Last week I spotted a post by the lovely printmaker Kathy Hutton (check out her work - her prints are just wonderful) on the subject of the ebb and flow of being a maker (you can read her post here). In fact three makers had taken part and written posts on this topic from their own perspectives and posted them on the same day. Here's Mirta of Modern Botanics' post and Tempy of Grey Whale's.
Anyway, they all got me thinking - I regularly have times when I feel that I'm struggling and at the moment it's pretty bad. I commented on Kathy's Instagram post and eventually came around to thinking that perhaps more of us should be sharing these stories and so here's mine. Please be kind...
I work on my own. This is a good thing generally, I'm an introvert and while I've always been pretty good in a team, I have no trouble whatsoever with only having my own company. Back in the days (pre-child, pre-self employment) I took myself off to a spa for 5 days - on my own. It was wonderful.
Having said that though, at the same time I'm my own worst enemy, so having other people around can be useful. Self doubt plagues me constantly - when I'm busy I worry that I won't be able to cope (I always do - I work very hard and love what I do - I haven't failed to cope yet) and when I'm quiet, as I am at the moment, I just feel sick as all I want to do is be able to carry on doing this. No orders basically means no business, and I start to feel the clock ticking on my return to the corporate world.
When you work with other people, they share the peaks and troughs with you, they can give you a boost and inspiration, but they can also annoy the hell out of you! I do like working on my own. I'm exceptionally lucky to have been able to put in the years of work in the city, which have enabled me to be in the position where I'm able to afford to do this - I don't have another job. I'm able to do the school runs, be around for my son, and work the hours that suit me (albeit that they're much longer than they used to be in the day job - I'm not complaining, I love what I do!) - so I'm living a bit of a blessed existence.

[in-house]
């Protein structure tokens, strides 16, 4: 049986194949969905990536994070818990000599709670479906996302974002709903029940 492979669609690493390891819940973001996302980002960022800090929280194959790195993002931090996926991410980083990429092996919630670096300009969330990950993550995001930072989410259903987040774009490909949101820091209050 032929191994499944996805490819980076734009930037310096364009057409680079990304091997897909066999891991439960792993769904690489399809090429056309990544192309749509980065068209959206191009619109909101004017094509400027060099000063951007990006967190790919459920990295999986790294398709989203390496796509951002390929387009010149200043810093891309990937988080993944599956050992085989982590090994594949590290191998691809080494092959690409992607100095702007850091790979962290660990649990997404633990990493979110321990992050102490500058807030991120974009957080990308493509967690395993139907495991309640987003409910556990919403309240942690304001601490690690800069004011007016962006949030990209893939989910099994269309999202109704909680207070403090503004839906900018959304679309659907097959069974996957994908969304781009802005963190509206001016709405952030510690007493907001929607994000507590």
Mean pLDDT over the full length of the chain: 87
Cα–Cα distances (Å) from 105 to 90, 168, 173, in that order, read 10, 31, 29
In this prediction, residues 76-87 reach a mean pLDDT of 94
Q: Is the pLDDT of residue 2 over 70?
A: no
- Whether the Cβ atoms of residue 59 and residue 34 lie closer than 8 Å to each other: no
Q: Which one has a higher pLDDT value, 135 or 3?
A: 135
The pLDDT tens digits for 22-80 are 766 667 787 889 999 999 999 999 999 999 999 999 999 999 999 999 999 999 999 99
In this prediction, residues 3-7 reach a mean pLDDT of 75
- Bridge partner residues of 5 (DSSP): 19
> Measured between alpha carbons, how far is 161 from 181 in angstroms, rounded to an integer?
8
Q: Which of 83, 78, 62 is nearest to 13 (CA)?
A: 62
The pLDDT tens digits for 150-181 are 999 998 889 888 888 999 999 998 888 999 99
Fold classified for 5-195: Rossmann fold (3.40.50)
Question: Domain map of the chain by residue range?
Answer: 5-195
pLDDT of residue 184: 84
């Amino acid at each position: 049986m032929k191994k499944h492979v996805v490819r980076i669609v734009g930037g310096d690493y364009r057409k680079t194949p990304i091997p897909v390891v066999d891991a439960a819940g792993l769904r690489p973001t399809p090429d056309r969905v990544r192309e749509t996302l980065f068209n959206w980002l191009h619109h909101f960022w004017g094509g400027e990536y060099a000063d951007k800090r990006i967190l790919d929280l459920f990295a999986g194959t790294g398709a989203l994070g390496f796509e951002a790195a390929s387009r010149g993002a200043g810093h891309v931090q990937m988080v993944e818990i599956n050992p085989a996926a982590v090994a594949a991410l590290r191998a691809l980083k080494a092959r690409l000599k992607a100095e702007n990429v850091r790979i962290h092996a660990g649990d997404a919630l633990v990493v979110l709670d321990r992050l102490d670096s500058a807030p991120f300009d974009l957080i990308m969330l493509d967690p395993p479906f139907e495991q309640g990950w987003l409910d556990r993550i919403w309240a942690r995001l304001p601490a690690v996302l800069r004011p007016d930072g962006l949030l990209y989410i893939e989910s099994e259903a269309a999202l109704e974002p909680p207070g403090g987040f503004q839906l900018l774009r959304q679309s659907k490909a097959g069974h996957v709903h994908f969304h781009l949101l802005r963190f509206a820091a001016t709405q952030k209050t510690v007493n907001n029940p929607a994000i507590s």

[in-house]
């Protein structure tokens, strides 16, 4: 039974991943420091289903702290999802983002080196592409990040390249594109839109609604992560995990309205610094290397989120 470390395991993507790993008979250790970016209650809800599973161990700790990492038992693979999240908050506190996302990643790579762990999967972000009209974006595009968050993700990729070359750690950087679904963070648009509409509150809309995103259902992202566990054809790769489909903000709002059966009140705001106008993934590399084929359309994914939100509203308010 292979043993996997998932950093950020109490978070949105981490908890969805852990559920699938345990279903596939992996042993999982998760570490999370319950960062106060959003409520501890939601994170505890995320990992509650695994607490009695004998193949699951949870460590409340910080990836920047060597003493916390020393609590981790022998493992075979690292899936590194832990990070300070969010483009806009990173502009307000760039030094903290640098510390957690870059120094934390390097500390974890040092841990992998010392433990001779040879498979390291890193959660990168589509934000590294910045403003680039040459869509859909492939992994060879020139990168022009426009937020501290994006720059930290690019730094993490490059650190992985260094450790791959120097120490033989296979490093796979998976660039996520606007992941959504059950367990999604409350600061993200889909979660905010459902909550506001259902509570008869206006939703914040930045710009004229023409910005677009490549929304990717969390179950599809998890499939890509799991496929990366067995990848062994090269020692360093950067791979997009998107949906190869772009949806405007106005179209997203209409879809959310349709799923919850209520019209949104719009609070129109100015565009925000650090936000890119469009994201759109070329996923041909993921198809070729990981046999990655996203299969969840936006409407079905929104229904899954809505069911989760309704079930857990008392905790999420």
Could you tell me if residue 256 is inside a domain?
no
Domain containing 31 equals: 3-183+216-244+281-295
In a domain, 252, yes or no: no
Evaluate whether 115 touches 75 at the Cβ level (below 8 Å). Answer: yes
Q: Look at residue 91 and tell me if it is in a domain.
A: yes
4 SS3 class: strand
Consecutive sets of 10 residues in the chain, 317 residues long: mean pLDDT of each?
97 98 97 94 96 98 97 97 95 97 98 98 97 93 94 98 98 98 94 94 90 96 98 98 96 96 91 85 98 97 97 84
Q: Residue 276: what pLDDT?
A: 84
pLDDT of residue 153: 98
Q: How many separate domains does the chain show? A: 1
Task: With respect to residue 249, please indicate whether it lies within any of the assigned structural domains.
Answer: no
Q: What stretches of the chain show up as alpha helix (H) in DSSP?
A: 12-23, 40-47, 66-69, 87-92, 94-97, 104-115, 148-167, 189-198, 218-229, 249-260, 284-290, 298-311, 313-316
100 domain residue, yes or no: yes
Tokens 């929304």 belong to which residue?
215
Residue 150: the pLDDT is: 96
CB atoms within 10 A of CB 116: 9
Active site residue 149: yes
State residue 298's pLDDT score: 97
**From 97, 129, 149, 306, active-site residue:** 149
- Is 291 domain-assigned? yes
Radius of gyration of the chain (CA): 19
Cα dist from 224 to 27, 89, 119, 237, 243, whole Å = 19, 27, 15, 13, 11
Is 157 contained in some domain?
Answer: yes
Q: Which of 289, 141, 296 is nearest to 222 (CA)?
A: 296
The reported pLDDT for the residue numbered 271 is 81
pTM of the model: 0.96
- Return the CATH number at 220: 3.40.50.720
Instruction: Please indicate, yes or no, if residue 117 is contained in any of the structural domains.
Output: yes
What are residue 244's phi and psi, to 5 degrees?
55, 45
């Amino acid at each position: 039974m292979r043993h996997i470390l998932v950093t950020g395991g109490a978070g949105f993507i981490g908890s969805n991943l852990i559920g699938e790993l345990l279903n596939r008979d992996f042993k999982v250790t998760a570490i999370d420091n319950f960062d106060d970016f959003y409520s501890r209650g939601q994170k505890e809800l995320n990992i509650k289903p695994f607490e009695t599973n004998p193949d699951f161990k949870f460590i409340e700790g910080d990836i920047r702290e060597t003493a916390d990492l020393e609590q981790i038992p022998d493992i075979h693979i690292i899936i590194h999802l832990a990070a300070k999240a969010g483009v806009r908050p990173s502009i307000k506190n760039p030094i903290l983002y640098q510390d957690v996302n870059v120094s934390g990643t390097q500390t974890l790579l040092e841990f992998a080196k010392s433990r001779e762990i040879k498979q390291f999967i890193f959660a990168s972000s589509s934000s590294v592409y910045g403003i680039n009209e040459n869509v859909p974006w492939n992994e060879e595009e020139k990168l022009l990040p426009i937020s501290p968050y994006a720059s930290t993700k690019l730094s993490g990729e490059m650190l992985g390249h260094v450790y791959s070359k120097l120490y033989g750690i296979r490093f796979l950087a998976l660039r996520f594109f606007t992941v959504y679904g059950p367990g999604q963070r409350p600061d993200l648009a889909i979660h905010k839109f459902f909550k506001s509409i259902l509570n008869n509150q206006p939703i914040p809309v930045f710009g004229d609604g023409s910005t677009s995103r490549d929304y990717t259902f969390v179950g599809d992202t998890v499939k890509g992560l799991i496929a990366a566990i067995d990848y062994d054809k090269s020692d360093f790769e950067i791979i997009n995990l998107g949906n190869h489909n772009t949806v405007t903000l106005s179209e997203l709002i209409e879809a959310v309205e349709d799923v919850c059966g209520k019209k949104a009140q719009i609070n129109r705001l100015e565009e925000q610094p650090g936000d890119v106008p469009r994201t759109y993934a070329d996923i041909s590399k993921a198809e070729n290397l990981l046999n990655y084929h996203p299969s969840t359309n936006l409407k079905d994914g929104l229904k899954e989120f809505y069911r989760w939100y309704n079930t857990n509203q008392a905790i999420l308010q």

Then there's my friend social media. Again, I'm making no complaints here, as I wouldn't be doing this at all if it weren't for the support and encouragement of the community on Twitter and Instagram, and if I didn't have these platforms as free methods to market my business, but everyone else is doing SO WELL.... The photos of sacks of orders on a Wednesday in early March, the Not on the High Street millionaires. I know that Instagram doesn't always show what's going on in the background (quite literally) and I'm as much to blame for this as anyone else - I'm careful what I post - I want it to be pretty, I want the vast majority of my posts to be cheerful and happy, because nobody is interested in my worries, and who wants to come across as needy?
At the moment though I'm struggling because I was on a roll and it seems to have ended. It was both a roll of inspiration for my work and a roll of sales (the two almost always seem to go hand in hand and make me extra busy!). The autumn was OK, and year on year sales have increased dramatically - all heading in the right direction. Christmas started late (so in mid to late November I was having a little wobble) but once it started I was really busy and ended the year on a high. January is usually a very quiet month for me, and I plan lots of admin and website work each year, but my sale was massively popular, and the non sale products were flying. I had other projects on and launched my new collection and website (which I'd been designing and working on while I was massively busy over Christmas and New Year) - so I was still on a high - I felt like I was finally getting there - January was as successful a month, in every respect, as December.